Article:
Indianapolis Public Schools Superintendent Eugene White Receives 5th Annual Award for Distinguished Support of Music

Jan. 26, 2010

Award Given by the VH1 Save The Music Foundation and Presented During American Association of School Administrator’s National Conference on Education

Nyle Washington/VH1

Amy Vogt/AASA

Duane Brodt/Duane BrodtColes Marketing Communications/Bright House Networks


Phoenix, Ariz.- Eugene G. White, superintendent of the Indianapolis, Ind., Public Schools, has been named the recipient of the fifth annual Administrator Award for Distinguished Support of Music Education. White was chosen for his commitment to ensuring that music education is part of the core curriculum in all 64 Indianapolis Public Schools.

The award is sponsored by the VH1 Save The Music Foundation and will be given on Feb. 11, 2010, at the general session of the American Association of School Administrator's National Conference on Education in Phoenix, Ariz. The award is presented each year at AASA's national conference to one superintendent or school CEO who has exhibited outstanding commitment to restoring music education in his or her school district. Past recipients include: Duncan N. P. "Pat" Pritchett Jr., past superintendent of the Indianapolis Public Schools; John Lange, past superintendent of Adams County, Colo., School District 14; Carol Johnson, past superintendent of the Memphis City Schools and current superintendent of the Boston Public Schools; and Richard Kaplan, superintendent of New Brunswick, N.J., Public Schools.

Eugene G. White, Ed.D., became superintendent of Indianapolis Public Schools with the goal of IPS becoming a model urban school district. He implemented many groundbreaking changes to the district including his vision that a model urban school district would include instrumental and choral/general music programs in all schools by 2010. White made the commitment to ensure all schools had certified music teachers and that the district was staffed with music supervisor positions to coordinate and foster quality music education in the district. In August of 2009, that goal was met and all students in IPS have access to the benefits of music education.

Since 2000, The VH1 Save The Music Foundation and local media partner, Bright House Networks has provided 42 IPS schools with $1,130,000 worth of new musical instruments to jumpstart the district's elementary instrumental music programs and the success has been maintained by the continued support of Superintendent White and the IPS Board of School Commissioners. Instrumental music, both band or strings ,are offered to students in elementary, starting in grades 5 and 6. At the middle school and high school levels, there are opportunities for students to participate in band, string and choral programs. In addition, under White's leadership, the district has revived All City Choir, district music festivals and, in 2009, a Summer Music Camp that included transportation, breakfast and lunch free to IPS students. White believes in creating a culture that provides “no excuses” for failure.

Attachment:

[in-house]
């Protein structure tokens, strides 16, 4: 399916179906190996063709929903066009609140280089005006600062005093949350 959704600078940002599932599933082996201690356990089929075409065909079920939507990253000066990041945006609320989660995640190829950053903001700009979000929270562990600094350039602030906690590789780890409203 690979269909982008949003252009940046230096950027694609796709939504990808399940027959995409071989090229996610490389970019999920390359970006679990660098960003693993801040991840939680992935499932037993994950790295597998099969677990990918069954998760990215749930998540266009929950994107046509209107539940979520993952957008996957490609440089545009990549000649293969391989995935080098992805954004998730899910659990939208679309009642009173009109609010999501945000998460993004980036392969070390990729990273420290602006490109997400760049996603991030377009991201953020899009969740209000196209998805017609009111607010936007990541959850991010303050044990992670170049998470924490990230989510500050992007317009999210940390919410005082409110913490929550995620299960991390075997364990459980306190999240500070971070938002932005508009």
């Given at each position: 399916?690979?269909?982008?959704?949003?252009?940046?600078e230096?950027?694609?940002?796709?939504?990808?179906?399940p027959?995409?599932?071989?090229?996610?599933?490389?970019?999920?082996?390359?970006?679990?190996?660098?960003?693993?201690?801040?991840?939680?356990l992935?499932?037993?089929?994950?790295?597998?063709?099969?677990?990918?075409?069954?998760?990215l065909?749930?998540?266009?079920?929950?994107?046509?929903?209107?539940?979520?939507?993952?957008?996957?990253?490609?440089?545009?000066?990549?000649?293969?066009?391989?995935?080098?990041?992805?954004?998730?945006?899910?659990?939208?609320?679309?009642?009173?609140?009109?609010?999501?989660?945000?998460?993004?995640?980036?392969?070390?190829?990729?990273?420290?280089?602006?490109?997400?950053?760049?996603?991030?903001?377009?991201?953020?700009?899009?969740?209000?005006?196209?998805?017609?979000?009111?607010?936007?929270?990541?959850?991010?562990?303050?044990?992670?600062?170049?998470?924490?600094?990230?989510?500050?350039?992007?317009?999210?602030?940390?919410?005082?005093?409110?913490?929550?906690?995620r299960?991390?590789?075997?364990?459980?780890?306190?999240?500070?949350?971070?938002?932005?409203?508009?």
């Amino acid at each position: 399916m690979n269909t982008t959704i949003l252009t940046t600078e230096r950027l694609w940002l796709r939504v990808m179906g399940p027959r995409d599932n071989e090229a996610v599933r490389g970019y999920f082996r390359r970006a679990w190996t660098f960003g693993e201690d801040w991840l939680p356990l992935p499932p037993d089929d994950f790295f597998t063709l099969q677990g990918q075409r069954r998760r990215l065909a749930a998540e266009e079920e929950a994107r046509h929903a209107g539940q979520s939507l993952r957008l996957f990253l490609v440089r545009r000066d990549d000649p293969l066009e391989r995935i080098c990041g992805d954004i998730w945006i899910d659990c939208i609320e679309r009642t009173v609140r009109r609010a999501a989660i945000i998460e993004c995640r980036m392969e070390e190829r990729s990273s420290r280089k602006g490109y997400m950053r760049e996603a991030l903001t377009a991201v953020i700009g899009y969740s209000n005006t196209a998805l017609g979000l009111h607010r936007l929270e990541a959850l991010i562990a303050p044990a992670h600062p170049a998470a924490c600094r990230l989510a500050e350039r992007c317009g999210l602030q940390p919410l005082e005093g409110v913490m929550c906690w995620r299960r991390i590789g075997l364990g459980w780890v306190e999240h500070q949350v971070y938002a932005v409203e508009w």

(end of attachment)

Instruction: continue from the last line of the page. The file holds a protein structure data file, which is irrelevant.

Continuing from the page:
“Dr. White’s commitment to music education programs throughout the Indianapolis Public Schools truly embodies the intent of this award,” said Paul Cothran, VH1 Save The Music Foundation executive director. “Each Indianapolis student that is affected by the benefits of music is a testament to his commitment to music education.”

“AASA is proud to honor Superintendent White for his commitment to music education in the Indianapolis Public Schools," said Dan Domenech, AASA executive director. “Music education is an important component of a high-quality education. We are pleased to join with VH1 Save The Music and Bright House Networks in recognizing White’s leadership in this area.”